Sitecore Request Validation Configuration

This was an interesting experience and definitely I’d like to share the tricks learned during this website developed in Sitecore for one of our clients.

This site was migrated from an existing one. Everything was fine in UAT/staging and ready for release.  But when switching the DNS, instead of seeing beautiful home page, there was ugly yellow/red .net error message showing up like:

HttpRequestValidationException: A potentially dangerous Request.Cookies value was detected from the client… 

Immediately, questions came up, what’s that? why?

Since the message mentioned cookies, then I checked browser and found there was a cookie created by previous site(migrated from) when I browsed it. The cookie value contained html tags like “<b>”, “<br>”, even they were harmless. Now it was clear that the new site page request was blocked by .Net Http Runtime request validation.

Sitecore is a platform built upon .Net framework. Request validation is a feature in ASP.NET that examines an HTTP request and determines whether it contains potentially dangerous content. In this context, potentially dangerous content is any HTML markup or JavaScript code in the body, header, query string, or cookies of the request. ASP.NET performs this check because markup or code in the URL query string, cookies, or posted form values might have been added for malicious purposes.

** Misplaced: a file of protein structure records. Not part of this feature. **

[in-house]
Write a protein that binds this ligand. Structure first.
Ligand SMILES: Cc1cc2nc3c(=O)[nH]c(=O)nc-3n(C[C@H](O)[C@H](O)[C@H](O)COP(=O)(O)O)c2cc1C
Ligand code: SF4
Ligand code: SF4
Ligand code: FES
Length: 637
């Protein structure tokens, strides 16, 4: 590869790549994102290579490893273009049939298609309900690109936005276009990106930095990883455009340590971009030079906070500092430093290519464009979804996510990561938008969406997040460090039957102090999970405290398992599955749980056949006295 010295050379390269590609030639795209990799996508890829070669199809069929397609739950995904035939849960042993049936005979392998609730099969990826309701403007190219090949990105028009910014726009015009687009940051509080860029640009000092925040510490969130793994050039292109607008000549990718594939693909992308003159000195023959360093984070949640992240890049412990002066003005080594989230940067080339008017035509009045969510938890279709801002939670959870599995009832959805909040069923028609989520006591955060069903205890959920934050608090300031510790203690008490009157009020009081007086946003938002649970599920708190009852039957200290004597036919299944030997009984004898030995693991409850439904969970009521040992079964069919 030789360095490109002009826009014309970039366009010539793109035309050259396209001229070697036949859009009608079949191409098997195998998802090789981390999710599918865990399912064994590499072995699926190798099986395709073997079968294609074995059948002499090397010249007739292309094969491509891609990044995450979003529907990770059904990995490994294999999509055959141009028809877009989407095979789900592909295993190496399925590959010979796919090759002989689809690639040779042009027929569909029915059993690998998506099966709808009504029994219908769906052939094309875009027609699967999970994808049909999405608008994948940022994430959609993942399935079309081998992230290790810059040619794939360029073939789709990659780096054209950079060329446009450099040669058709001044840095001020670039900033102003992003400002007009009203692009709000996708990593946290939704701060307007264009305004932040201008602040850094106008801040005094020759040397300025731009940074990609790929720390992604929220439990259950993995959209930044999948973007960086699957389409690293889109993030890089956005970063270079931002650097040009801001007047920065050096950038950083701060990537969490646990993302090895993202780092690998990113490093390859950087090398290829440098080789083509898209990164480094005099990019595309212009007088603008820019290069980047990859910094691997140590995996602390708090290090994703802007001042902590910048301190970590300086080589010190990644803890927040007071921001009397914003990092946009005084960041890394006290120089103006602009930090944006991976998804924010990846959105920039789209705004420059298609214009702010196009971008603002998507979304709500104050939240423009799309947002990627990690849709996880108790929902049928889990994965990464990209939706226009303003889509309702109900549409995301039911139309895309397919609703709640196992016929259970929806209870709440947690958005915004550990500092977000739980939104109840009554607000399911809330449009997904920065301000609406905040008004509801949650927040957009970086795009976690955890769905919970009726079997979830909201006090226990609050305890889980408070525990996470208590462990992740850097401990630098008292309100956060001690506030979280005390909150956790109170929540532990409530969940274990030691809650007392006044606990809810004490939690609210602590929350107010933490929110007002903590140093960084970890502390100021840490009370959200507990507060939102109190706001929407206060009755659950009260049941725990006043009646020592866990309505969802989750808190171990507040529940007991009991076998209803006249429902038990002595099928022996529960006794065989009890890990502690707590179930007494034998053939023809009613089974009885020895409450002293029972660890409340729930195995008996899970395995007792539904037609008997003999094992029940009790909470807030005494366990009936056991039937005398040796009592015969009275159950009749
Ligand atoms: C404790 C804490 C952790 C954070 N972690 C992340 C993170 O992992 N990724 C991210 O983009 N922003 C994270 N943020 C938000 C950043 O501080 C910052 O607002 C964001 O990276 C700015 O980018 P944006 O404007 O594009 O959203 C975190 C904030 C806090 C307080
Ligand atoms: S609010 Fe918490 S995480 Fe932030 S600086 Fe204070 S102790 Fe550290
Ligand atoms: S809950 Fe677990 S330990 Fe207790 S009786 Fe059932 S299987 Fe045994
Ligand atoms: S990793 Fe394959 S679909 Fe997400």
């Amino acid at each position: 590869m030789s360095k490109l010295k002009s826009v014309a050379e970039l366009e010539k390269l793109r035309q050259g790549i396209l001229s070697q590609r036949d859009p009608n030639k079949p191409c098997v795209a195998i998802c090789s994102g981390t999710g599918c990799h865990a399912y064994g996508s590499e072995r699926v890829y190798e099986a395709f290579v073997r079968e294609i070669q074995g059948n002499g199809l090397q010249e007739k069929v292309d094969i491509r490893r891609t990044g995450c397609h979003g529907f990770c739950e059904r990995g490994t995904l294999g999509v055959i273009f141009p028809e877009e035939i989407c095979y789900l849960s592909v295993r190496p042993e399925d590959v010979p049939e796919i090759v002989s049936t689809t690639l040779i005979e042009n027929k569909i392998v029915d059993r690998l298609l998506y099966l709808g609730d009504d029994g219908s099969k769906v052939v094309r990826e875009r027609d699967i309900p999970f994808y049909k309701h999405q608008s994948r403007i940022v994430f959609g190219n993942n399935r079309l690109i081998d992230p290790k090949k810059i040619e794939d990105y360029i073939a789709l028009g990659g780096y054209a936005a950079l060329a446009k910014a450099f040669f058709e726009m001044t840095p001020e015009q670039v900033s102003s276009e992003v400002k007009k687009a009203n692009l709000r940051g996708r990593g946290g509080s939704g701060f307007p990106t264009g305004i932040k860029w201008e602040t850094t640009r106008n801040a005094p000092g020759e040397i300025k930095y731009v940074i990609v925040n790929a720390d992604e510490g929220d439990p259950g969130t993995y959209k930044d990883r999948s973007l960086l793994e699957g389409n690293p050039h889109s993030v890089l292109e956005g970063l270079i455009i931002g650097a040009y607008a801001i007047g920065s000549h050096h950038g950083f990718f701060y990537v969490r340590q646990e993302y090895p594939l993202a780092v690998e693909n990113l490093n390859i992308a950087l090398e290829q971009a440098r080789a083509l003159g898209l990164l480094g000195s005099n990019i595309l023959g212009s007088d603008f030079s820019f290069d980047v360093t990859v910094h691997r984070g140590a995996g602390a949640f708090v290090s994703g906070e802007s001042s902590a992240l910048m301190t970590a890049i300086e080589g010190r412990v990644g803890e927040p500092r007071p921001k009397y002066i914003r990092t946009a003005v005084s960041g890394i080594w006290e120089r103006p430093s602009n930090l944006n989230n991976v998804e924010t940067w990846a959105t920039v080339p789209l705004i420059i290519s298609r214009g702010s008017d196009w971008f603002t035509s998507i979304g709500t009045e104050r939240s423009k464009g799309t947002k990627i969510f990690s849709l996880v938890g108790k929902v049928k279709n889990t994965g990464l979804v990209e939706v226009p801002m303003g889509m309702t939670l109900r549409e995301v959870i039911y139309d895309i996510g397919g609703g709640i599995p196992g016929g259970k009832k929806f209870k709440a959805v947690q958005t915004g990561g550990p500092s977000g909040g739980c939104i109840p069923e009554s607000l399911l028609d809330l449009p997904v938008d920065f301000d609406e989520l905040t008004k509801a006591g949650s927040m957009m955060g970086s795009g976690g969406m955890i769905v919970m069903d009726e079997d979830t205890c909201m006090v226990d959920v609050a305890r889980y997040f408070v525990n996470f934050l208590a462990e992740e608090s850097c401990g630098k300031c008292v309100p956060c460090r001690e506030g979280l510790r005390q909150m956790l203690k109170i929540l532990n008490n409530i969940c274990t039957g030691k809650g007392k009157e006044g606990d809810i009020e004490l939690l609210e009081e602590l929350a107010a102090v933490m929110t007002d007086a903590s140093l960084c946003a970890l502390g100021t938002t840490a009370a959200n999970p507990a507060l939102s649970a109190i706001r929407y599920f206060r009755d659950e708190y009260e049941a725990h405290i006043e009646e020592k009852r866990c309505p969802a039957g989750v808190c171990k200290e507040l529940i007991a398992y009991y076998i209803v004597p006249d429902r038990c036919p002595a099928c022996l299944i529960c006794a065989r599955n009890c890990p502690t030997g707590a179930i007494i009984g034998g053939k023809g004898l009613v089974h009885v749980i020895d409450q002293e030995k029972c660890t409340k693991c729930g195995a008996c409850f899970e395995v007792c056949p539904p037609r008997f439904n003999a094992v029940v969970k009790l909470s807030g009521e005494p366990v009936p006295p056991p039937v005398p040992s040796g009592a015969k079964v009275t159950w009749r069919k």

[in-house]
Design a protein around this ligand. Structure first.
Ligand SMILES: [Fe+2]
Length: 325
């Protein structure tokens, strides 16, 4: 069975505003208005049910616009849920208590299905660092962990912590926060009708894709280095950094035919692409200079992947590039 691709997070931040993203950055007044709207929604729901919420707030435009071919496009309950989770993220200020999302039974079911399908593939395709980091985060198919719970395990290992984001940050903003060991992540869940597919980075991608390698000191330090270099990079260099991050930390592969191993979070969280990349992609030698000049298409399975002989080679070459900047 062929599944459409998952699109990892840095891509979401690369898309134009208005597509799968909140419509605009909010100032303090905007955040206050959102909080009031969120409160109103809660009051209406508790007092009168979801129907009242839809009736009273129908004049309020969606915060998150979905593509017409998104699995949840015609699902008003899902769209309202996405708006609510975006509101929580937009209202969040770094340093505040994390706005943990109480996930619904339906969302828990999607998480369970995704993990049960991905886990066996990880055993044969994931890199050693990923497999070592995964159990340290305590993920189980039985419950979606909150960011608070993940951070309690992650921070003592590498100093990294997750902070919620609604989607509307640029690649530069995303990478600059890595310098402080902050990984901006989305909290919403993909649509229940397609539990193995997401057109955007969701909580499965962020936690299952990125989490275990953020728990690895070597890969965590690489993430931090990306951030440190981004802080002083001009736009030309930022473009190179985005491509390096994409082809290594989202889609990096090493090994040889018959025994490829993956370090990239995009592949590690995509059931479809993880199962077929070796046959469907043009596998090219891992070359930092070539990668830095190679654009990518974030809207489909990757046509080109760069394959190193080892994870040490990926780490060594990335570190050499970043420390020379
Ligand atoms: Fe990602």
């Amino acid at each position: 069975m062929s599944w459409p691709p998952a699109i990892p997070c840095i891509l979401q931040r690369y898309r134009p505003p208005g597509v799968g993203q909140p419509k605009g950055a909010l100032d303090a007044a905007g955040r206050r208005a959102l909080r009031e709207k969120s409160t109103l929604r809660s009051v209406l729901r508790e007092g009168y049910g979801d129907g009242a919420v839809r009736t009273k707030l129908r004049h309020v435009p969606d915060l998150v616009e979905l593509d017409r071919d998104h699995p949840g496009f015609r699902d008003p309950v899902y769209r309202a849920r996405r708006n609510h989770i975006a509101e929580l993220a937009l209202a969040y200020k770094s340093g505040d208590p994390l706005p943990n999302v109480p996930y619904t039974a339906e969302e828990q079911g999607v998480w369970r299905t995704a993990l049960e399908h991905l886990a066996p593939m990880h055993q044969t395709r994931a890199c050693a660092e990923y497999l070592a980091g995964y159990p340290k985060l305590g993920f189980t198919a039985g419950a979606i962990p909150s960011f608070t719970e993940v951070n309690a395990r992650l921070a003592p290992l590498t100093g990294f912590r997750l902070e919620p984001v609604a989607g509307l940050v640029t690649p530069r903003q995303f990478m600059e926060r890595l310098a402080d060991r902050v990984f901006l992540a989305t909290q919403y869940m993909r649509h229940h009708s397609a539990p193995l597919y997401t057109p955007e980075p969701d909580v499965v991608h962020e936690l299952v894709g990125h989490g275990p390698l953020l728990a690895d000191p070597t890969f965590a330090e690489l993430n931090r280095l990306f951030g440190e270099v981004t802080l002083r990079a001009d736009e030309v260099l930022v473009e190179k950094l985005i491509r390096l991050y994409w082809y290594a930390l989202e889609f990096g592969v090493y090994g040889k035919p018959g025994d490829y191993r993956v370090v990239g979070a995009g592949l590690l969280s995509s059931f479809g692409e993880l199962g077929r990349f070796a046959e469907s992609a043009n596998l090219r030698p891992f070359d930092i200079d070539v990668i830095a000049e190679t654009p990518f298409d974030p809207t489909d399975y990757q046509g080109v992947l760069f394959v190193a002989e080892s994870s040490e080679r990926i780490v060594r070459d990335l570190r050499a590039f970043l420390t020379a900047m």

Based on Microsoft HttpRuntimeSection.RequestValidationMode Property Document, here are available settings:

  • 4.5(the default). In this mode, values are lazily loaded, that is, they are not read until they are requested.
  • 4.0. The HttpRequest object internally sets a flag that indicates that request validation should be triggered whenever any HTTP request data is accessed. This guarantees that the request validation is triggered before data such as cookies and URLs are accessed during the request. The request validation settings of the element (if any) in the configuration file or of the directive in an individual page are ignored.
  • 2.0. Request validation is enabled only for pages, not for all HTTP requests. In addition, the request validation settings of the element (if any) in the configuration file or of the directive in an individual page are used to determine which page requests to validate.

When I checked the installed Sitecore instance web.config, by default the “requestValidationMode” was set to 4.0, like below:

<httpRuntime targetFramework="4.5.2" maxRequestLength="512000" executionTimeout="3600" enableKernelOutputCache="false" relaxedUrlToFileSystemMapping="true" requestValidationMode="4.0" enableVersionHeader="false" />

After I changed it to 4.5 which is lazy loading, the site displayed fine. Then we went through all code to make sure the request validation were handled at page level as requested.

 

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